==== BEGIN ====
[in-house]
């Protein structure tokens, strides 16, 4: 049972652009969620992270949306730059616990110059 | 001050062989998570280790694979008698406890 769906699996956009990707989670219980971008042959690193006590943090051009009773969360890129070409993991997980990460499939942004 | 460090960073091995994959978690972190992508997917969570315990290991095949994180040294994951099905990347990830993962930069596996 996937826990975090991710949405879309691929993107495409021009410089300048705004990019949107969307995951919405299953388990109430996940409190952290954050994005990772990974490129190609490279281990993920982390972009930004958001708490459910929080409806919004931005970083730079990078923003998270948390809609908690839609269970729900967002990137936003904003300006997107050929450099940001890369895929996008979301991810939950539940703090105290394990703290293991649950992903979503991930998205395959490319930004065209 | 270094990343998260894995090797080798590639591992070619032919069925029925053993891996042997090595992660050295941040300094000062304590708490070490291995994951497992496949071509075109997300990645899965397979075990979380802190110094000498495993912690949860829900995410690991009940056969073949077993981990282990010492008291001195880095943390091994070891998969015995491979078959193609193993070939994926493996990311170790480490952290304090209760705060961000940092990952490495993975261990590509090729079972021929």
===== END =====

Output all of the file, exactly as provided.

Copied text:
[in-house]
């Protein structure tokens, strides 16, 4: 049972652009969620992270949306730059616990110059 | 001050062989998570280790694979008698406890 769906699996956009990707989670219980971008042959690193006590943090051009009773969360890129070409993991997980990460499939942004 | 460090960073091995994959978690972190992508997917969570315990290991095949994180040294994951099905990347990830993962930069596996 996937826990975090991710949405879309691929993107495409021009410089300048705004990019949107969307995951919405299953388990109430996940409190952290954050994005990772990974490129190609490279281990993920982390972009930004958001708490459910929080409806919004931005970083730079990078923003998270948390809609908690839609269970729900967002990137936003904003300006997107050929450099940001890369895929996008979301991810939950539940703090105290394990703290293991649950992903979503991930998205395959490319930004065209 | 270094990343998260894995090797080798590639591992070619032919069925029925053993891996042997090595992660050295941040300094000062304590708490070490291995994951497992496949071509075109997300990645899965397979075990979380802190110094000498495993912690949860829900995410690991009940056969073949077993981990282990010492008291001195880095943390091994070891998969015995491979078959193609193993070939994926493996990311170790480490952290304090209760705060961000940092990952490495993975261990590509090729079972021929």